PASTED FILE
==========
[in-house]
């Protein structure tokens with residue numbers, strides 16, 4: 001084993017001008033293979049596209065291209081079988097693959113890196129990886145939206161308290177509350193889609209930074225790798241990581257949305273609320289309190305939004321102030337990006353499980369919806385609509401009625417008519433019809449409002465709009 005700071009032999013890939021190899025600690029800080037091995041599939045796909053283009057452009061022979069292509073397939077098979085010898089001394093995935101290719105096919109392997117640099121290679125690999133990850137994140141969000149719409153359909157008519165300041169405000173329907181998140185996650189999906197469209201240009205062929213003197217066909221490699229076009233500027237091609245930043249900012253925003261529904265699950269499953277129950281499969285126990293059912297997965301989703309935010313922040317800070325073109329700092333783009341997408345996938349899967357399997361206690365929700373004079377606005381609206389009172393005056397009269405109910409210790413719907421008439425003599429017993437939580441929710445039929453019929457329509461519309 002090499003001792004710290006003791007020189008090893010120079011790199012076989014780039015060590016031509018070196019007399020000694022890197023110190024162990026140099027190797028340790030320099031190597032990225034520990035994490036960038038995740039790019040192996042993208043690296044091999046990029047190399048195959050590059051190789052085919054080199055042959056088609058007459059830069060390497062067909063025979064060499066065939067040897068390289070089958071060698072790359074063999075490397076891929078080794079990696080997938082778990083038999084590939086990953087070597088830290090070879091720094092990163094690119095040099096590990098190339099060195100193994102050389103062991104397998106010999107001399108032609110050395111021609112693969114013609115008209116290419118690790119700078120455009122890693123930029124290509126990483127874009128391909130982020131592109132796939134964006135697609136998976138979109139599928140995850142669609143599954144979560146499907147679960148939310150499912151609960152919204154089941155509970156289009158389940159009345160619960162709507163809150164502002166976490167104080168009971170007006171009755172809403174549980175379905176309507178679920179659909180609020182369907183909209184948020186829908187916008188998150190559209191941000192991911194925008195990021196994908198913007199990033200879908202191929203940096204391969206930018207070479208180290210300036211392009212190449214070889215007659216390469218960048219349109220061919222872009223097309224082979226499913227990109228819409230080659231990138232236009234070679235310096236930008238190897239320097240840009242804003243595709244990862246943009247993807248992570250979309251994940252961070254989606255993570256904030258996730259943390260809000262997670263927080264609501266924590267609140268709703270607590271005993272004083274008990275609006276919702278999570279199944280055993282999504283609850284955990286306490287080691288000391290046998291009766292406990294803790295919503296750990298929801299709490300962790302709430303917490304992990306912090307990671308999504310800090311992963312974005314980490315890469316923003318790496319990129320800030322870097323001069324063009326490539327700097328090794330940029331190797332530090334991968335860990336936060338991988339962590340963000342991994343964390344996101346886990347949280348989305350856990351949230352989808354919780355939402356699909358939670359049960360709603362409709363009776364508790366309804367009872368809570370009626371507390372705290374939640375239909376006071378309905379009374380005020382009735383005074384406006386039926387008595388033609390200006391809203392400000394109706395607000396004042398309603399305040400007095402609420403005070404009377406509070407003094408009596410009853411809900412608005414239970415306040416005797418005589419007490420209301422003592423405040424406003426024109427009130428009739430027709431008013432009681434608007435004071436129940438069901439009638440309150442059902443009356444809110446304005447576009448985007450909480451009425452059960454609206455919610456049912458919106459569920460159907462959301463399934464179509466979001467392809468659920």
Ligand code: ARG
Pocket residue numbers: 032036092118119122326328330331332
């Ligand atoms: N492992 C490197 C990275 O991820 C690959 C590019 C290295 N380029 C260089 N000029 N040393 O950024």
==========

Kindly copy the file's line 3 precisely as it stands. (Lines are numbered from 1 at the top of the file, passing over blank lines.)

Ligand code: ARG